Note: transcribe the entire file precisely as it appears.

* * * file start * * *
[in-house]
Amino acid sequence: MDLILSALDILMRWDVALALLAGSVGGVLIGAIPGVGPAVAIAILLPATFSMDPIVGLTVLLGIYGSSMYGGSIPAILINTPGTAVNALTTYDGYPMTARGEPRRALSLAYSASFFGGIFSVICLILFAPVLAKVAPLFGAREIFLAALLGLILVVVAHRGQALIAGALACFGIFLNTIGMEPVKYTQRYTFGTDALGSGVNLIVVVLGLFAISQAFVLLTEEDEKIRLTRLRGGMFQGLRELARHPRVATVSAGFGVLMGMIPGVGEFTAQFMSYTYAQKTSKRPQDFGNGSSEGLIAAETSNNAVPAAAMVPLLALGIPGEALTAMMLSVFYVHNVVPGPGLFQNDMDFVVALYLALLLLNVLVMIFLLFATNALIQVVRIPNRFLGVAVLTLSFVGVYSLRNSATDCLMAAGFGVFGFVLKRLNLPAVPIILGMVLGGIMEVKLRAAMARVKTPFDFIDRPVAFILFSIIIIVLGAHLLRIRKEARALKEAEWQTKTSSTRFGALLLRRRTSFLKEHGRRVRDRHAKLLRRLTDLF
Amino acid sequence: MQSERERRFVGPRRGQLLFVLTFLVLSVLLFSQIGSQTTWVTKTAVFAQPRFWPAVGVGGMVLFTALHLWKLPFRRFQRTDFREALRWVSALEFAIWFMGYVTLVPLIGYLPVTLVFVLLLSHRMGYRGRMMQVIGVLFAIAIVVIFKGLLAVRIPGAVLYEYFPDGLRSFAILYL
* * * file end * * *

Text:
[in-house]
Amino acid sequence: MDLILSALDILMRWDVALALLAGSVGGVLIGAIPGVGPAVAIAILLPATFSMDPIVGLTVLLGIYGSSMYGGSIPAILINTPGTAVNALTTYDGYPMTARGEPRRALSLAYSASFFGGIFSVICLILFAPVLAKVAPLFGAREIFLAALLGLILVVVAHRGQALIAGALACFGIFLNTIGMEPVKYTQRYTFGTDALGSGVNLIVVVLGLFAISQAFVLLTEEDEKIRLTRLRGGMFQGLRELARHPRVATVSAGFGVLMGMIPGVGEFTAQFMSYTYAQKTSKRPQDFGNGSSEGLIAAETSNNAVPAAAMVPLLALGIPGEALTAMMLSVFYVHNVVPGPGLFQNDMDFVVALYLALLLLNVLVMIFLLFATNALIQVVRIPNRFLGVAVLTLSFVGVYSLRNSATDCLMAAGFGVFGFVLKRLNLPAVPIILGMVLGGIMEVKLRAAMARVKTPFDFIDRPVAFILFSIIIIVLGAHLLRIRKEARALKEAEWQTKTSSTRFGALLLRRRTSFLKEHGRRVRDRHAKLLRRLTDLF
Amino acid sequence: MQSERERRFVGPRRGQLLFVLTFLVLSVLLFSQIGSQTTWVTKTAVFAQPRFWPAVGVGGMVLFTALHLWKLPFRRFQRTDFREALRWVSALEFAIWFMGYVTLVPLIGYLPVTLVFVLLLSHRMGYRGRMMQVIGVLFAIAIVVIFKGLLAVRIPGAVLYEYFPDGLRSFAILYL